The Fall of Affordable Cell Phone Service
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The Fall of Affordable Cell Phone Service

2004-01-28-fido.JPGFrom the moment Fido came onto the market they were perceived as a threat to the large margin, big profit cell phone carriers like Rogers, Bell, and especially Telus. The competition cause by Fido’s entrance into the market drove prices down and service quality up. If you’ve ever dealt with Rogers or Bell before, you already know that’s not their business plan. So when the unlimited local calling City Fido plan was released in Vancouver then Toronto, the other carriers decided they had enough and took action.
Telus made the first attempt to take over Fido with a $1.1 billion offer, but news of takeovers boosted Fido’s stock and the deal was deemed inadequate. Then Rogers came in with a friendly $1.4 billion offer. Fido’s stock holders ate it up.
Right from the beginning, Rogers made the intentions of their purchase clear. In December 2004, after Rogers bought Fido, Ted Rogers said this “We have no commitment to keeping the price levels the same as they were and we’ve already announced a significant increase in the price for City Fido for new customers.”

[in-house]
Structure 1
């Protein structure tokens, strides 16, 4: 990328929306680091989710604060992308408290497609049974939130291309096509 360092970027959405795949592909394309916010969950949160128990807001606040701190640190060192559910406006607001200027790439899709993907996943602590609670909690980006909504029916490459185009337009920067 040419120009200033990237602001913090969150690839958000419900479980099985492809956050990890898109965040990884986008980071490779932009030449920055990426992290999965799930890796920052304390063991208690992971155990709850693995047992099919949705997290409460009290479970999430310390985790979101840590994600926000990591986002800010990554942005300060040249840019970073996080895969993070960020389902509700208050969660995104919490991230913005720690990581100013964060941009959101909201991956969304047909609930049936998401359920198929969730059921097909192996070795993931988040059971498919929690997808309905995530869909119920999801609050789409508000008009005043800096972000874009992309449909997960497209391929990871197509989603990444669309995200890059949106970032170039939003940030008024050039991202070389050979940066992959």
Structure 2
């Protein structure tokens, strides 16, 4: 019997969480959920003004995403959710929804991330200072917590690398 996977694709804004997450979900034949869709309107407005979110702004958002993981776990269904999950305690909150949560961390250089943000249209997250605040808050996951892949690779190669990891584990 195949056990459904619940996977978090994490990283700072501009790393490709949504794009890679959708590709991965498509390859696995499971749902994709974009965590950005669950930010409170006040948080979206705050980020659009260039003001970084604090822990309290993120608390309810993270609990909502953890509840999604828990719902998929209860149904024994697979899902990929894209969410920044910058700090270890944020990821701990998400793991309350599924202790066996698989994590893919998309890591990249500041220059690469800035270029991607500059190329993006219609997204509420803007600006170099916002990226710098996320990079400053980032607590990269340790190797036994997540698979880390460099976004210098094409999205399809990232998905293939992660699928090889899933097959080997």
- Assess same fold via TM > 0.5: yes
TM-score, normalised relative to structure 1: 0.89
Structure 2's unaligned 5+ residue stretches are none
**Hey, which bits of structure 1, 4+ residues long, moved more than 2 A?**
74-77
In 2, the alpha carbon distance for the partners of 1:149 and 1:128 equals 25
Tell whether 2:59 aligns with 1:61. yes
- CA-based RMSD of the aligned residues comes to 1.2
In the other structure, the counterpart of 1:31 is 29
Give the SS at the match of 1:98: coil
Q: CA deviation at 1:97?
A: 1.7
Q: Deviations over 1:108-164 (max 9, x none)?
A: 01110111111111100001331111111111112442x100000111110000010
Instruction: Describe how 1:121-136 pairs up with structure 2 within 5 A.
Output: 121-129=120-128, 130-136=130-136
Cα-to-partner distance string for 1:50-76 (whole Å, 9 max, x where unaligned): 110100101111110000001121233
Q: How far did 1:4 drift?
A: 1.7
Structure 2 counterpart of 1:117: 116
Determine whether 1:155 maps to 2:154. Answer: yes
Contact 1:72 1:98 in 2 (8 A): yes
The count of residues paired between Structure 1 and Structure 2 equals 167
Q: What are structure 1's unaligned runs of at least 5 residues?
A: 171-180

On Wednesday the details of that change were revealed. Rogers is changing City Fido to a more expensive, limited usage, and narrower service that is no longer in competition with landline phones.

Analysts say the elimination (they call it ‘redesign’) of City Fido is a clear signal that competition is ‘beginning to cool off.’ It doesn’t matter what cell phone provider you use, reduced competition means higher prices and worse service.
Although, Fido customers can lock the price and service they already have for a year, starting March 1st any new customers will be subject to the new pricing scheme.
There is one possible beacon of hope in the near future. Richard ‘The Rebel’ Branson’s >Virgin Group signed a deal with Bell Canada, to bring Virgin Mobile to Canada. Will Virgin use the conservative pricing of existing carriers as an advantage sparking competition and price wars? Or will they team up with Bell to keep prices high? We’ll find out soon.